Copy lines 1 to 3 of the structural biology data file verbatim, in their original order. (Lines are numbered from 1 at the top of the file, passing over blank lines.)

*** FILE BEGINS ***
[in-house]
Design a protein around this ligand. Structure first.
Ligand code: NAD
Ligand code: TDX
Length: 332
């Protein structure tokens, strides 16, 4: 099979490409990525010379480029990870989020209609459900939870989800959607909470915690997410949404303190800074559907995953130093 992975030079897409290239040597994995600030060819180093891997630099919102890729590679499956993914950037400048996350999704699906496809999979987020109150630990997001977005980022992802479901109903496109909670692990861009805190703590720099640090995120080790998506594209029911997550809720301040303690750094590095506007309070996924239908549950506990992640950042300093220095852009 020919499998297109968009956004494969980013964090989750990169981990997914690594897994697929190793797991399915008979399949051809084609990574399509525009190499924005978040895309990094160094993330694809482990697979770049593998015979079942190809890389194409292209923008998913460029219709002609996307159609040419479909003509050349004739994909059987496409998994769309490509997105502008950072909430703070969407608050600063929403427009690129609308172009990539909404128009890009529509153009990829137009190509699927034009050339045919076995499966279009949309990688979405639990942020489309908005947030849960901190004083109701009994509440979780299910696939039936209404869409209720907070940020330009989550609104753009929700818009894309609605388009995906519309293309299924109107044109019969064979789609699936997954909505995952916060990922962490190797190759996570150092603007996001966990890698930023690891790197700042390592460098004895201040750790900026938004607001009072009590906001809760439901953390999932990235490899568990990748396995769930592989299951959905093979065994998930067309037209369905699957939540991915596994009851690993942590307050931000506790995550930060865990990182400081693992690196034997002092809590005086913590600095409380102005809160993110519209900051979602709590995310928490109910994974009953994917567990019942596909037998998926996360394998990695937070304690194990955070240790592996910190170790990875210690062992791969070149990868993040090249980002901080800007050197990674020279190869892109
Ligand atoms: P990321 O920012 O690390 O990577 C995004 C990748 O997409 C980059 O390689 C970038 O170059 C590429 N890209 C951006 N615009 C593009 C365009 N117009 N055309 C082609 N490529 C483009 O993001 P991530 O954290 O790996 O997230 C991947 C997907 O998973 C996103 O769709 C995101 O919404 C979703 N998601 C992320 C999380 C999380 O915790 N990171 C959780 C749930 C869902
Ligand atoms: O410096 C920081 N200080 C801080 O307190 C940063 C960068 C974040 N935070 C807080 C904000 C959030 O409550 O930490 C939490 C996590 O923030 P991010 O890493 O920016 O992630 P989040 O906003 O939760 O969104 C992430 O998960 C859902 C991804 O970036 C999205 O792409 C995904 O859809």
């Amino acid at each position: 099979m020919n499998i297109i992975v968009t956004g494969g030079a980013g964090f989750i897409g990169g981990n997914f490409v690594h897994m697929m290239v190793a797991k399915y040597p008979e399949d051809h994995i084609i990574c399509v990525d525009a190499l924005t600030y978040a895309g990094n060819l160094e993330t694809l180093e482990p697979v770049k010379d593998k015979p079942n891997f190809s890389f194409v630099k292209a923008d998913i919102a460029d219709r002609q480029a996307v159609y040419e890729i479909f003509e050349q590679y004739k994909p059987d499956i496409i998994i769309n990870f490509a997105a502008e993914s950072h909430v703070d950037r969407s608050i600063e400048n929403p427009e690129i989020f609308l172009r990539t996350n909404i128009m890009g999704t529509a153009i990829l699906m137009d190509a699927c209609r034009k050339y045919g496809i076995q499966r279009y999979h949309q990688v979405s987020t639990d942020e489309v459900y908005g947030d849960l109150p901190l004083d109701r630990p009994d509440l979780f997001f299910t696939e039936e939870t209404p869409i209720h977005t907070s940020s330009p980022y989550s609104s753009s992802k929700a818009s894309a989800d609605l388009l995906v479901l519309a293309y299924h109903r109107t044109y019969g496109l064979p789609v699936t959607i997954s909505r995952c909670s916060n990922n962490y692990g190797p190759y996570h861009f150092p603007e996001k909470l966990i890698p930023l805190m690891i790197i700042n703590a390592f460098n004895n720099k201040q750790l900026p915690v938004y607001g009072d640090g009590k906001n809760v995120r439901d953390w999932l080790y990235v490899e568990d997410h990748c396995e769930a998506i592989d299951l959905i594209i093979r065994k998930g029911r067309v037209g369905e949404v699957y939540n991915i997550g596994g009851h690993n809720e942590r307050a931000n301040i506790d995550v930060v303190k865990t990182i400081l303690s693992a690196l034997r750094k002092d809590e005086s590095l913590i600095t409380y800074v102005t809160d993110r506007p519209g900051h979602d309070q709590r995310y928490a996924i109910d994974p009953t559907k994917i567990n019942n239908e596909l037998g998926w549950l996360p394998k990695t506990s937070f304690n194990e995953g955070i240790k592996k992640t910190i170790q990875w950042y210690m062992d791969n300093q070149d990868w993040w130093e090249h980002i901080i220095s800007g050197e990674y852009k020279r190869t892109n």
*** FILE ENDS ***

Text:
[in-house]
Design a protein around this ligand. Structure first.
Ligand code: NAD